The third main archetype I usually see is just a deck based around a couple bomb rares received in the first 16-17 picks. It isn’t uncommon online to get shipped a bomb rare or two in Theros if someone has already felt committed to two colors out of the BNG packs. I’ve definitely gotten weapons far later than I ever did in Theros draft, and I feel like that’s the most likely explanation.

Finally, there’s everything else in the format. This largely consists of building a bestow creature and not dying in the meantime, but you could definitely do things differently. Most of the time these decks don’t seem to be on purpose, but rather mixed signals leading to minor pileups when trying to craft one of the stronger archetypes. Sadly I can’t measure this phenomena, but looking at Grand Prix Mexico City helps identify the usual sequence. Look at Marc Lalague’s winning draft deck and how he got to that point. Michael Hetrick had a similar performance in his 2nd draft at the Pro Tour where he didn’t switch out of his initial game plan and everyone else chugged along with their own plans.

It doesn’t always end in disaster though, Marc’s deck had a good chunk of cheaper removal mixed in with some passable creatures in UR. Despite being in a little-played color combination that was almost a total trainwreck he still took it down in the end. While ideally you want to be in the open colors, you can still fight other players over colors. It just doesn’t really benefit you in the same way as it would in other formats with deeper colors. Or if this was Gatecrash you could get away with people having the wrong card evaluations for the first month of the format.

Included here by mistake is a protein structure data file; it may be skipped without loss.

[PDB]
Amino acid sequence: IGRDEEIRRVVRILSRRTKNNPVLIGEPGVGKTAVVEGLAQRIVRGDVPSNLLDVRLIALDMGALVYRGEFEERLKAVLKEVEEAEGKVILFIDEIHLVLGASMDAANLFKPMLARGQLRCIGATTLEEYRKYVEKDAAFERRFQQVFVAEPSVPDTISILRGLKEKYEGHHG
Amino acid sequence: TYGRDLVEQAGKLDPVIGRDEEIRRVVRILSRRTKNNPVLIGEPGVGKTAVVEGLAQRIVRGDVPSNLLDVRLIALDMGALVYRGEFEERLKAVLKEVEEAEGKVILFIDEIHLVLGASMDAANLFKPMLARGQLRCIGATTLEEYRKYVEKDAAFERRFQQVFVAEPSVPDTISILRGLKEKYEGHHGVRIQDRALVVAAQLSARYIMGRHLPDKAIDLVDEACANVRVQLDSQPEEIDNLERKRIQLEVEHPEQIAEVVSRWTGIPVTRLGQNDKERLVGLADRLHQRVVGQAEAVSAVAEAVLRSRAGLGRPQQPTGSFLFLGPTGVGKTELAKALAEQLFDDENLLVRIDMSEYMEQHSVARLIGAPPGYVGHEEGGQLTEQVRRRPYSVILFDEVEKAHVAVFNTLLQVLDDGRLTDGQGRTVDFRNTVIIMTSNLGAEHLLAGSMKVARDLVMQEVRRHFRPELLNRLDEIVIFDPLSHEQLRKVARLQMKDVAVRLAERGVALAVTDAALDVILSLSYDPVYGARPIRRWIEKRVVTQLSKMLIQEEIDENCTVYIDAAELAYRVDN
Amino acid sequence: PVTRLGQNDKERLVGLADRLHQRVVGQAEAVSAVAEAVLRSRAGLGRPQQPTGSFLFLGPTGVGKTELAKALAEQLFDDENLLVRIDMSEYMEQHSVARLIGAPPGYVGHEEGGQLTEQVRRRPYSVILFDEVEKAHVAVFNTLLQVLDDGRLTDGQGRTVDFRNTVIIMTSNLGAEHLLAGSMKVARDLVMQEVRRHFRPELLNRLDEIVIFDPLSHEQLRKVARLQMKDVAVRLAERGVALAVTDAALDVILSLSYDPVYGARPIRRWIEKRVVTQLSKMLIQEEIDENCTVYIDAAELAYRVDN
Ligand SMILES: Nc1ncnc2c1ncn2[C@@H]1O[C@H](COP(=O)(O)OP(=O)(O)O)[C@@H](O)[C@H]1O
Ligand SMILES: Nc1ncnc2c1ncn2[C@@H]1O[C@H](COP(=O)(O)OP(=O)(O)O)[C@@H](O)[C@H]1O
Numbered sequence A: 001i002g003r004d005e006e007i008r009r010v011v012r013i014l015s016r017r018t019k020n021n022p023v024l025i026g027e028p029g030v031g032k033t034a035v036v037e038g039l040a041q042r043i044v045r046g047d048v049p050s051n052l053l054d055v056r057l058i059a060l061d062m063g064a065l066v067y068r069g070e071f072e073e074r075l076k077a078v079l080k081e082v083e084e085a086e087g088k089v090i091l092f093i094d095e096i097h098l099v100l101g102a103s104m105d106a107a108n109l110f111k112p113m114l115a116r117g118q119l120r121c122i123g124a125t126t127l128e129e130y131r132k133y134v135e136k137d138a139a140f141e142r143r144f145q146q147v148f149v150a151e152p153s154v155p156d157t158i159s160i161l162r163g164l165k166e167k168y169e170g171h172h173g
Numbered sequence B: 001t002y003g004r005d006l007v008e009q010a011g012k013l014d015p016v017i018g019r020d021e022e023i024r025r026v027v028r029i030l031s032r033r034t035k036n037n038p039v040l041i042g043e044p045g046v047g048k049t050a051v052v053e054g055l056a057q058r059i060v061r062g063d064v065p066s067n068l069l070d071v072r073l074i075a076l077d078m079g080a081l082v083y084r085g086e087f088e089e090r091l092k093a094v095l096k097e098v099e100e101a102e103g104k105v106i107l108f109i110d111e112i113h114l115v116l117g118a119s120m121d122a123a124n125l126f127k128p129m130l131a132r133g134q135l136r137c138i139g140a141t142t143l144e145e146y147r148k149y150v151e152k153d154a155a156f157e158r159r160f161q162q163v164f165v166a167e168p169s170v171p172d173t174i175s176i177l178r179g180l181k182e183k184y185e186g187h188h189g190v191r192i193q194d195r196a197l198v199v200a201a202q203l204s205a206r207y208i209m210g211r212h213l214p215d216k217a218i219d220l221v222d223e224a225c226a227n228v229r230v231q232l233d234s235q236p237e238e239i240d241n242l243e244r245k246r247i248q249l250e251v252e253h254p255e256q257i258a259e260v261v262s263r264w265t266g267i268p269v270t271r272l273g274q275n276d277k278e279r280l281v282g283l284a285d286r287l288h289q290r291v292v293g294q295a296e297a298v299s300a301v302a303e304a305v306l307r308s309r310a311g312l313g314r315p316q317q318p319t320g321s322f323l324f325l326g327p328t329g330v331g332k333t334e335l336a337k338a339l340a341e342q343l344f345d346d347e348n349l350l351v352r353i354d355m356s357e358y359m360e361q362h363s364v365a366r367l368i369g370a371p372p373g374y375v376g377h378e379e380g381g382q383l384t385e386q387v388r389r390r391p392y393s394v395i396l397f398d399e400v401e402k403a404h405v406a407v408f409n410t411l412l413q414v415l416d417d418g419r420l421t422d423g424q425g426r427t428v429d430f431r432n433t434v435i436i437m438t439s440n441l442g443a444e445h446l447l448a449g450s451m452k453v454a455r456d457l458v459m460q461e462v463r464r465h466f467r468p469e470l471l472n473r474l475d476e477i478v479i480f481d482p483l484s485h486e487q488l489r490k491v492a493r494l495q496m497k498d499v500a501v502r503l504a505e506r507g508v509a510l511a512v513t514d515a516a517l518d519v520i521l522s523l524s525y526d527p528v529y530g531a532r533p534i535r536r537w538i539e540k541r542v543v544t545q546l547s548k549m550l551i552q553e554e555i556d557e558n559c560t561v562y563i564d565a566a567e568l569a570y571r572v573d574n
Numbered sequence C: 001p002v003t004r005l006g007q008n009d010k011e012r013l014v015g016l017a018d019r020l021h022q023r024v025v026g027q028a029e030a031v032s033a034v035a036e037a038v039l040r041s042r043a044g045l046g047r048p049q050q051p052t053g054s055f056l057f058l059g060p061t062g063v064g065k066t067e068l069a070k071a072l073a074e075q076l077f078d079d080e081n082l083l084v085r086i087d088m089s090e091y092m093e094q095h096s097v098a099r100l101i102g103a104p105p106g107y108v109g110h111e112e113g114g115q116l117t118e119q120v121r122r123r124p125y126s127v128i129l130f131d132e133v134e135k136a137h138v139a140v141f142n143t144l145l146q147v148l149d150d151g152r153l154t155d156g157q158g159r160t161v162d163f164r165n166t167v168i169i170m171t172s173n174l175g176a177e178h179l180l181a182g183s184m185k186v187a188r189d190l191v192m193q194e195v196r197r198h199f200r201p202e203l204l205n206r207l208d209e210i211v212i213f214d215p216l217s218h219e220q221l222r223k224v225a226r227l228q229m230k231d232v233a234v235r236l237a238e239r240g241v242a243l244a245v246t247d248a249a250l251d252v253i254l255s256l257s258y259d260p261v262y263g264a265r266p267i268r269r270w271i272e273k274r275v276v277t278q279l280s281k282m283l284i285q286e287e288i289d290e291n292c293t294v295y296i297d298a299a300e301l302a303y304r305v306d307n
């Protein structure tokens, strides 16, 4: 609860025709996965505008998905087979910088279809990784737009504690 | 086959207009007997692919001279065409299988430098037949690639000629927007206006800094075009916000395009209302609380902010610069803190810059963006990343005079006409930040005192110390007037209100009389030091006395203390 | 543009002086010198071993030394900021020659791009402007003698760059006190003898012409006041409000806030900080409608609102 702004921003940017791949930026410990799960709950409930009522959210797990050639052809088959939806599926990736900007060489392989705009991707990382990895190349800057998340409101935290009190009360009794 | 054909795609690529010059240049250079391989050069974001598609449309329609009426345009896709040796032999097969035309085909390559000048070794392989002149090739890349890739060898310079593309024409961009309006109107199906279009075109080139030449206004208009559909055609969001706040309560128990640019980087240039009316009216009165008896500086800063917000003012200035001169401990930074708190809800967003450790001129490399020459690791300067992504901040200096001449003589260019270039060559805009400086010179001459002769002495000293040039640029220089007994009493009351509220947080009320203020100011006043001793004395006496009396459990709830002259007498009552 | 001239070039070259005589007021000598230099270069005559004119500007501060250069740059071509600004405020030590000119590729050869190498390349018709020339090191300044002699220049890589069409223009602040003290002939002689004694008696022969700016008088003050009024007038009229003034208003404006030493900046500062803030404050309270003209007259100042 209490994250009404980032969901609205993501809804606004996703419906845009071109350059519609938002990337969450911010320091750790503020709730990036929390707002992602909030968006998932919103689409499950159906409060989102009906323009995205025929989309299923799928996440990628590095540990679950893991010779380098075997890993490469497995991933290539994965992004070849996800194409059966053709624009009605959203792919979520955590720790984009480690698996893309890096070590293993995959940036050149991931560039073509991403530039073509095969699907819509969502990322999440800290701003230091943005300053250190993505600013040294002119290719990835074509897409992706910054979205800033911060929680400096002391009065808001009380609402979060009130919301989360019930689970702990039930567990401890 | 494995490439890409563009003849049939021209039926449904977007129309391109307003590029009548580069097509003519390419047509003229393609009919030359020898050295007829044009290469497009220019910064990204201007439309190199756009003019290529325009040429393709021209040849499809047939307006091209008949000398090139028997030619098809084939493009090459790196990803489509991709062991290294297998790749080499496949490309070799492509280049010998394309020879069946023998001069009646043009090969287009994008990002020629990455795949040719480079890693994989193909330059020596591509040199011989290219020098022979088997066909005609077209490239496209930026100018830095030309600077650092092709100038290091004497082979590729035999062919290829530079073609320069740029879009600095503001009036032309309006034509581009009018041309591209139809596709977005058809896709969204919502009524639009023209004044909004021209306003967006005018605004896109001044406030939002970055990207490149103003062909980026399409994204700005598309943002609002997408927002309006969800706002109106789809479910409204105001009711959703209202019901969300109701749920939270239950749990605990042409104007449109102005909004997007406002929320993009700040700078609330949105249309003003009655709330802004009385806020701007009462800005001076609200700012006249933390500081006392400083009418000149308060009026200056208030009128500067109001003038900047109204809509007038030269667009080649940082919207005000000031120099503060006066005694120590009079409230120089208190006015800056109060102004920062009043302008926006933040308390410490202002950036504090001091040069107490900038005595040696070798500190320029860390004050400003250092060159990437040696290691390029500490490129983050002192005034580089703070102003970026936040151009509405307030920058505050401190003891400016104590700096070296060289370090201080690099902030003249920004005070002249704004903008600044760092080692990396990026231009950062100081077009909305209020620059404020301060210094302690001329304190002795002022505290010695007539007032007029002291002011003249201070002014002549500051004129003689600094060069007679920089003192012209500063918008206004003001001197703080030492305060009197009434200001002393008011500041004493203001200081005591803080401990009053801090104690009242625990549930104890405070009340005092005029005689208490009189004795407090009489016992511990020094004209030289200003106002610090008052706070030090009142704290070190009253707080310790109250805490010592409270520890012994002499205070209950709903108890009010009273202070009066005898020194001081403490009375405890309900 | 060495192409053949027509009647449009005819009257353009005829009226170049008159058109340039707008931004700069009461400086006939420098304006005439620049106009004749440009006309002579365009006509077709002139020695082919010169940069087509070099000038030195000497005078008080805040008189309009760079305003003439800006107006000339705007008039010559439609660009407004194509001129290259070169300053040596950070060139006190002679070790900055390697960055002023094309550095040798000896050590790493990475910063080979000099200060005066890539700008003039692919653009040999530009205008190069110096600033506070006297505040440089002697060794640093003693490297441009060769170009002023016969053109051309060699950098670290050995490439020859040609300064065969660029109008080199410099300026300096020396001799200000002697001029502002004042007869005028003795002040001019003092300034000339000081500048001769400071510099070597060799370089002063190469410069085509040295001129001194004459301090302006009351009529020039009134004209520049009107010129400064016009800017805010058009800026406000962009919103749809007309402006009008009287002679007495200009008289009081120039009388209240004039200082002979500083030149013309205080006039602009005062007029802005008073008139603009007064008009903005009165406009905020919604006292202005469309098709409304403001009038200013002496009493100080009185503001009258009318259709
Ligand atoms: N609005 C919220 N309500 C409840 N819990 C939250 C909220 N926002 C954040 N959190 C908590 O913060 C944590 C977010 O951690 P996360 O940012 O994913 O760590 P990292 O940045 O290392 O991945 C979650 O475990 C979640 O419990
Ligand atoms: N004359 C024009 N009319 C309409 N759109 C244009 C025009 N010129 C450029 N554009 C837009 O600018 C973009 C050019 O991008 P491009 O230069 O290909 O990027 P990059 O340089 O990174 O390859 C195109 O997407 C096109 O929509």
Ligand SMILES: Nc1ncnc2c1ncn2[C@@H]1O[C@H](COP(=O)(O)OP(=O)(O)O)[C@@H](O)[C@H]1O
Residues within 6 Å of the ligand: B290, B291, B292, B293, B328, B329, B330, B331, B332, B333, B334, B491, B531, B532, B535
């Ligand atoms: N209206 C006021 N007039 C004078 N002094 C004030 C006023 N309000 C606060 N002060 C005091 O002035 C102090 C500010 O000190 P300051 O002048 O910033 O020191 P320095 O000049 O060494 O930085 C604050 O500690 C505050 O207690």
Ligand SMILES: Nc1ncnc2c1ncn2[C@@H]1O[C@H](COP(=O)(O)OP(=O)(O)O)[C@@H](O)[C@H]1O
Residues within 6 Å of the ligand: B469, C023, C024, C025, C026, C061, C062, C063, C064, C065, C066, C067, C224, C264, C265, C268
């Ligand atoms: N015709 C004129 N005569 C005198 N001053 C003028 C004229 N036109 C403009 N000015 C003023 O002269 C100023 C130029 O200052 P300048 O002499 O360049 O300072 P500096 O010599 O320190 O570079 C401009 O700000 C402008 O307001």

In the end, what happened with Born of the Gods? Well if you liked Theros draft and the strategies employed by those decks, you’ll love this new format. It feels like Born of the Gods was made explicitly to smooth out the rough edges from Theros without drastically altering any strategies. Red got enough goodies to become playable and black took a big hit while the other three colors largely retained their positions. The two major mechanics of bestow and heroic still drive the format and the vast majority of decks people draft. So if you didn’t like Theros… Well I’ll see you again for Journey to Nyx.

For those attending the 10k this weekend I’m hoping to get out a mini-article as a run-up to that. I’ll actually be the scorekeeper for the event so I no longer have a personal stake in it. If you asked me for my top three picks right now I’d put them as WU Control, GRb Monsters, and WB Control. With WU Control at the top of the pile by a slight margin simply because all the margins in Standard are pretty small right now. I’d love to list [ccProd]Ephara[/ccProd], but that was before the massive GR Monsters resurrection over the past two weeks. Same reason I won’t recommend Boros Burn to players, even though I like the deck. It’s too weak to that popular matchup, when there are plenty of other viable options.

Hoping to see many of you at the PTQ this weekend!

Josh Silvestri